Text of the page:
The winner of the American League Rookie of the Year is…Jeremy Hellickson, I guess. I say that because, although this year’s rookie crop was deep with the likes of Dustin Ackley, Eric Hosmer, Michael Pineda, Ivan Nova, etc, no one jumped off the screen to me. Maybe I am a little biased, since I saw Hellickson pitch a few times in triple-A, and he looked great. He had by far the lowest batting average against on balls in play in baseball. Basically, what that says to me, is that his defense helped him out quite a bit. But, it’s hard to hold that against him. His 2.95 ERA is the best by a rookie in the AL in 20 years. In the history of the league, only five rookie starters have finished a season with an opponents’ batting average and ERA as low as Hellickson’s. The last one was in 1964.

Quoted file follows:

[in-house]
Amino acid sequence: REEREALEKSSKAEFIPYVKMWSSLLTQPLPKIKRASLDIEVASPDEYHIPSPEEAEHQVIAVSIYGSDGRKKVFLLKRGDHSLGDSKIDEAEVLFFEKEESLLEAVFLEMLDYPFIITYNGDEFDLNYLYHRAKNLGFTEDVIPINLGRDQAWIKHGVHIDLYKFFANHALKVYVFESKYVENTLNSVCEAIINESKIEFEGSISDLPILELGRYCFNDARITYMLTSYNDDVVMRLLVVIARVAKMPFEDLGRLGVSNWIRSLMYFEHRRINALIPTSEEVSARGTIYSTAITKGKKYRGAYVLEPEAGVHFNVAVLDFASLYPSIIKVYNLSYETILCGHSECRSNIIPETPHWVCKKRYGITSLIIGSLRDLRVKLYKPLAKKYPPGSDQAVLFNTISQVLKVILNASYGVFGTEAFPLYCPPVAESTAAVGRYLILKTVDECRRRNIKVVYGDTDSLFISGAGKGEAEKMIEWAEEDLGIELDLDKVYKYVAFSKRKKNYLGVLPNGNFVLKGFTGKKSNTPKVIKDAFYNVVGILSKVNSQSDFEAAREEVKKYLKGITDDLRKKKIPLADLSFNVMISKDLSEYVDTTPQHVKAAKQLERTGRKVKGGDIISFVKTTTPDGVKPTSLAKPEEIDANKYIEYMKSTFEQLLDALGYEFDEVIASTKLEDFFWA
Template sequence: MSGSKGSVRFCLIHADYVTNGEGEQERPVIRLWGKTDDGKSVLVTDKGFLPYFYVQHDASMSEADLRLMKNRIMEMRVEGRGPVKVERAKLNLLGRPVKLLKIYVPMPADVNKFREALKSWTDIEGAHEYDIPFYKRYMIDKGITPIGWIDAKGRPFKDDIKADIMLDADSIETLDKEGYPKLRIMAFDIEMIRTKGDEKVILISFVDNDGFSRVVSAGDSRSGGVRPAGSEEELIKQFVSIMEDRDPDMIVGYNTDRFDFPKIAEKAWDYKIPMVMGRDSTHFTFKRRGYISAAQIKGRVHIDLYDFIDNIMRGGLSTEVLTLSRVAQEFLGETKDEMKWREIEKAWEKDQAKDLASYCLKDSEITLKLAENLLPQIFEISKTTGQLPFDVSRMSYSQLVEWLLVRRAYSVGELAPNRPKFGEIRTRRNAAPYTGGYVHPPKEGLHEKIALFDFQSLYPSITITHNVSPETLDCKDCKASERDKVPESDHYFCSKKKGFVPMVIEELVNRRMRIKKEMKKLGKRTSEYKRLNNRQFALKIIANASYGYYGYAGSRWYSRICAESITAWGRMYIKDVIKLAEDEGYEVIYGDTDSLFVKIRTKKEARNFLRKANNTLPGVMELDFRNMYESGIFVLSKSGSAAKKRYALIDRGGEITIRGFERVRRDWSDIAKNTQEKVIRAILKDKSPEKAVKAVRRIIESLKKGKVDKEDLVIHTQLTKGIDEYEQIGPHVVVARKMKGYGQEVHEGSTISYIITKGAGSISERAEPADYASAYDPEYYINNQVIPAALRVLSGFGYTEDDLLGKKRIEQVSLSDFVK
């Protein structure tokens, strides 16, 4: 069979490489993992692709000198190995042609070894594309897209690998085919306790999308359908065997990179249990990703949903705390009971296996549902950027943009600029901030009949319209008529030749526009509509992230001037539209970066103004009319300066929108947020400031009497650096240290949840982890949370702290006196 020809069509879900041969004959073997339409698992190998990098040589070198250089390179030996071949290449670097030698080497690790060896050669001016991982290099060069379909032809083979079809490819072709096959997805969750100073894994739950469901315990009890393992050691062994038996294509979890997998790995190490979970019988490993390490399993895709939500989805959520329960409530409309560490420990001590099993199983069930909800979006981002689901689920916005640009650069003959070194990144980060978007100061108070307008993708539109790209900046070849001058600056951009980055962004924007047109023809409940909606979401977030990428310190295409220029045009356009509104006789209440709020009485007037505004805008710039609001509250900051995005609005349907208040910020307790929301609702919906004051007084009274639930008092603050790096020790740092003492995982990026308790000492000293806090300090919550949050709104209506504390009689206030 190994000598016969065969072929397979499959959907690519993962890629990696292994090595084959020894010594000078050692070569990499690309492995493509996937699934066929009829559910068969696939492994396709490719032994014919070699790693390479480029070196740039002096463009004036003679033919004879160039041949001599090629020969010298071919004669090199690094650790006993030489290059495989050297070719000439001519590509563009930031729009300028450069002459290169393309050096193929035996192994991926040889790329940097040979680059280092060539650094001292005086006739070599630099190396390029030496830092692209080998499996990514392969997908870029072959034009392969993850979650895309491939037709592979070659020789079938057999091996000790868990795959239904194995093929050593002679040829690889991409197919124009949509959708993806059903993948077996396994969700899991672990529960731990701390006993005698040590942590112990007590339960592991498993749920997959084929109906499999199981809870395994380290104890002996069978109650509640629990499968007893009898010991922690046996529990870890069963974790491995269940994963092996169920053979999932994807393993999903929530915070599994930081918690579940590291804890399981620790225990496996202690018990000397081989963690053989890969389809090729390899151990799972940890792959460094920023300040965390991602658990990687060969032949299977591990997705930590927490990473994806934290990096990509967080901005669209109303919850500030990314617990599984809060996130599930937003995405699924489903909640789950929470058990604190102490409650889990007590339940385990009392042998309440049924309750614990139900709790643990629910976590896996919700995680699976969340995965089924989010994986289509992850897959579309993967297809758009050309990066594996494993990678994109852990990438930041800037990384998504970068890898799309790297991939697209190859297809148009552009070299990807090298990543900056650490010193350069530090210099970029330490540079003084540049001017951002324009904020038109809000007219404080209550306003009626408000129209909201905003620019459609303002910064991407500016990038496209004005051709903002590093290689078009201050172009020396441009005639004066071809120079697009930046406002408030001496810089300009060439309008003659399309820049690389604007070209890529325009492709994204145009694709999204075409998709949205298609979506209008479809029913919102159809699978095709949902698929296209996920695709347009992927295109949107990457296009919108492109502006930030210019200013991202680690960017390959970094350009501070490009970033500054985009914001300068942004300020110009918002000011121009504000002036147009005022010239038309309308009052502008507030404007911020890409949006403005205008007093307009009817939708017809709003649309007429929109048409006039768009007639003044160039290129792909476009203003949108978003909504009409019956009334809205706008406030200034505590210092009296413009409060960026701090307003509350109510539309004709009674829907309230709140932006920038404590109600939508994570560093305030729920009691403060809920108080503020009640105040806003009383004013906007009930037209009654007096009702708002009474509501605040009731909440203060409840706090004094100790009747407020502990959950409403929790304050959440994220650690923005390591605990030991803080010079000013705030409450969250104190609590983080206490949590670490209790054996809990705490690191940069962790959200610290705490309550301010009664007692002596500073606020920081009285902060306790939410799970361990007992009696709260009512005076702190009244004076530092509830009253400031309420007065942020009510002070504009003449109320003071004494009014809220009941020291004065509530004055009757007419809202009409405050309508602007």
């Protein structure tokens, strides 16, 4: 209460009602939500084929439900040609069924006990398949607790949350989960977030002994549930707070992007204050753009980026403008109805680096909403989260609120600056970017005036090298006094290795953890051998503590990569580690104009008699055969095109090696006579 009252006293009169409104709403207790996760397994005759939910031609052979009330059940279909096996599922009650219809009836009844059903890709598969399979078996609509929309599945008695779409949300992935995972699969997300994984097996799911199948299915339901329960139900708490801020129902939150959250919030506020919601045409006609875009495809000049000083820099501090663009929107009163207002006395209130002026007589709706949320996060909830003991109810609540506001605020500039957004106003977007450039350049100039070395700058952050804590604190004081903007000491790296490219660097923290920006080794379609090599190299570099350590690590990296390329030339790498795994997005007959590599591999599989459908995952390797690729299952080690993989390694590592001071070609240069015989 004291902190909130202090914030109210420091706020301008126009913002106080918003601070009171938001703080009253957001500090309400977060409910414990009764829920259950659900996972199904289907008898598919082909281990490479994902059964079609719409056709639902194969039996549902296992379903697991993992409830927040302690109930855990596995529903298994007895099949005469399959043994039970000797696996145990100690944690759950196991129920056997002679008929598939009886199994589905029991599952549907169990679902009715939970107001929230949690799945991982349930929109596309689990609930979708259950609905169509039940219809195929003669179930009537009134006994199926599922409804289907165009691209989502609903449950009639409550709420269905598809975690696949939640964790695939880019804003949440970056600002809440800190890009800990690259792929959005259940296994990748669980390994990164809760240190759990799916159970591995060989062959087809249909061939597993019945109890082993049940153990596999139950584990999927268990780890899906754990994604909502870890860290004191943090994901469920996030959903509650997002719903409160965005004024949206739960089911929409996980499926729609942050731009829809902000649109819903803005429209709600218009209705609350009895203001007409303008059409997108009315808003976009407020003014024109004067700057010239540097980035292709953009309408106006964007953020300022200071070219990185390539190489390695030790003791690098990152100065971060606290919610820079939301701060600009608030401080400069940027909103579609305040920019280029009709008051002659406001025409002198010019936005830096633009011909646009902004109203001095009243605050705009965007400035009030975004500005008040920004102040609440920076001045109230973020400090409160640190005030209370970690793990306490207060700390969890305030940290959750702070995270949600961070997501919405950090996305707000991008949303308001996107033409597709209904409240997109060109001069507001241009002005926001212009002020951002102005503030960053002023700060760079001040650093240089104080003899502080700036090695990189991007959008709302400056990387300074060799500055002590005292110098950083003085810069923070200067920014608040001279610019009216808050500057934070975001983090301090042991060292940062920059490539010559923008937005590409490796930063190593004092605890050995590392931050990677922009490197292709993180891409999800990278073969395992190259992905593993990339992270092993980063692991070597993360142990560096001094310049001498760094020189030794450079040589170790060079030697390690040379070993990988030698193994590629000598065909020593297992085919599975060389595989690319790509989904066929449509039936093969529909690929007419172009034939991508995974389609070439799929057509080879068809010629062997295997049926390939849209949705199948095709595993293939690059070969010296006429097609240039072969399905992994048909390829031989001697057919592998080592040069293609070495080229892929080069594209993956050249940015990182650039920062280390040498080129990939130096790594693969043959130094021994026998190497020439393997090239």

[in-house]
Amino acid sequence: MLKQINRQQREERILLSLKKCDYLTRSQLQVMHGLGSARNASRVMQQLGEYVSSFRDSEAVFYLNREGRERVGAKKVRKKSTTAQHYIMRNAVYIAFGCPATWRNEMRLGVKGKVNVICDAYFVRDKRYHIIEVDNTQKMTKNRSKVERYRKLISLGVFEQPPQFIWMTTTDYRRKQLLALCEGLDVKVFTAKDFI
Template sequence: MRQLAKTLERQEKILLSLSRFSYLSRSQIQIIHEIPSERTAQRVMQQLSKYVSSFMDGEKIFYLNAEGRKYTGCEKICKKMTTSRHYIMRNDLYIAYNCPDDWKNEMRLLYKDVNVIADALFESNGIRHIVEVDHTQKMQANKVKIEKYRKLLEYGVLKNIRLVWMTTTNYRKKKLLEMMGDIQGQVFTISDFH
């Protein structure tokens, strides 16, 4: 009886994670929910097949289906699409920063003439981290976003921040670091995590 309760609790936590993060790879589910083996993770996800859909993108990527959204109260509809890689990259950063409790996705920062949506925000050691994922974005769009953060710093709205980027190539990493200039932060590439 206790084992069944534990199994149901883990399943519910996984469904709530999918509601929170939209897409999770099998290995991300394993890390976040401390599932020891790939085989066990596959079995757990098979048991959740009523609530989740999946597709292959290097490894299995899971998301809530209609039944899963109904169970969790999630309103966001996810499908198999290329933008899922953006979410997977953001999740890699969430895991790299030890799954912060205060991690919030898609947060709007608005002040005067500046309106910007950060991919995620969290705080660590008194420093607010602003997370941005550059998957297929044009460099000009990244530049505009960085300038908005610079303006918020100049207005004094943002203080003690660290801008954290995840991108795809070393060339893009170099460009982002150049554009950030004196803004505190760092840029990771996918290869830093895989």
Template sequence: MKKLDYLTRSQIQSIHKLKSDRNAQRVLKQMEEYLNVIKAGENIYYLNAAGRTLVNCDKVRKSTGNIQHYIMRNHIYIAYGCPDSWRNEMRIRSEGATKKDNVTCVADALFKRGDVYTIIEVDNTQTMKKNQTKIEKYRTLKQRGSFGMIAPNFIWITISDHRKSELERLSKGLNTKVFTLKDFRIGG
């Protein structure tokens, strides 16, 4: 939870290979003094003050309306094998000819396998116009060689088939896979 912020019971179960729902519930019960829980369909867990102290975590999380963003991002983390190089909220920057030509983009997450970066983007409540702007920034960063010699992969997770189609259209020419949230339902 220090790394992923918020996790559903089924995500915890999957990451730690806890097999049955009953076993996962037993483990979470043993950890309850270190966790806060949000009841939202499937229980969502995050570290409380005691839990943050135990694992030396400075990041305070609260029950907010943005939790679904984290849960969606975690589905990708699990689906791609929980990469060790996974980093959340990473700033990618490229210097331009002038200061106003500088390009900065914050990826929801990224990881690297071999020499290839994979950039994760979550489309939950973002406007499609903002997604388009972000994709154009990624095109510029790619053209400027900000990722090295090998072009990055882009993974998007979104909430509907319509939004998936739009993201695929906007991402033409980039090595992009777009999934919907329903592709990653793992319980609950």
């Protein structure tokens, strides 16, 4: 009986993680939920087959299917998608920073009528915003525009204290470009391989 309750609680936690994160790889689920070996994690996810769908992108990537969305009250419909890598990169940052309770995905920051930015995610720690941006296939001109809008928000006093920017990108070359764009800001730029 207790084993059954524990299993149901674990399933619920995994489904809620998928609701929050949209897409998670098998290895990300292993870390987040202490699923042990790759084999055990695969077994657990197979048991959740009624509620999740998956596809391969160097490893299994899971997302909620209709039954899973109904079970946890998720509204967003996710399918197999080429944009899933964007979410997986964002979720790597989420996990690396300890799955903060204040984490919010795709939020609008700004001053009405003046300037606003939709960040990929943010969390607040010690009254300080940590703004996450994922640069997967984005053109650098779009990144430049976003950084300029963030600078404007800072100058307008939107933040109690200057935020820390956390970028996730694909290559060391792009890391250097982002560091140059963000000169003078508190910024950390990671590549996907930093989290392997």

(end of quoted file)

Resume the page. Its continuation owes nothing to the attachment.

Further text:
Congratulations to the American League Manager of the Year…Joe Maddon! Maybe the guy really is the incarnation of Norman Dale, besides looking exactly like him. But, just as Gene Hackman in Hoosiers, Maddon did more with less then anyone. Matt Garza, gone. Carl Crawford, gone. Carlos Pena, gone. A $41 payroll. About the same as the top two players on alot of teams. They started the season 0-6, and 1-8. Neither hole has a team ever climbed out of to make the playoffs. Oh yeah, and they were 9 games back one month ago. He is the most creative manager in the sport and his players love him. Those things go a long way in baseball.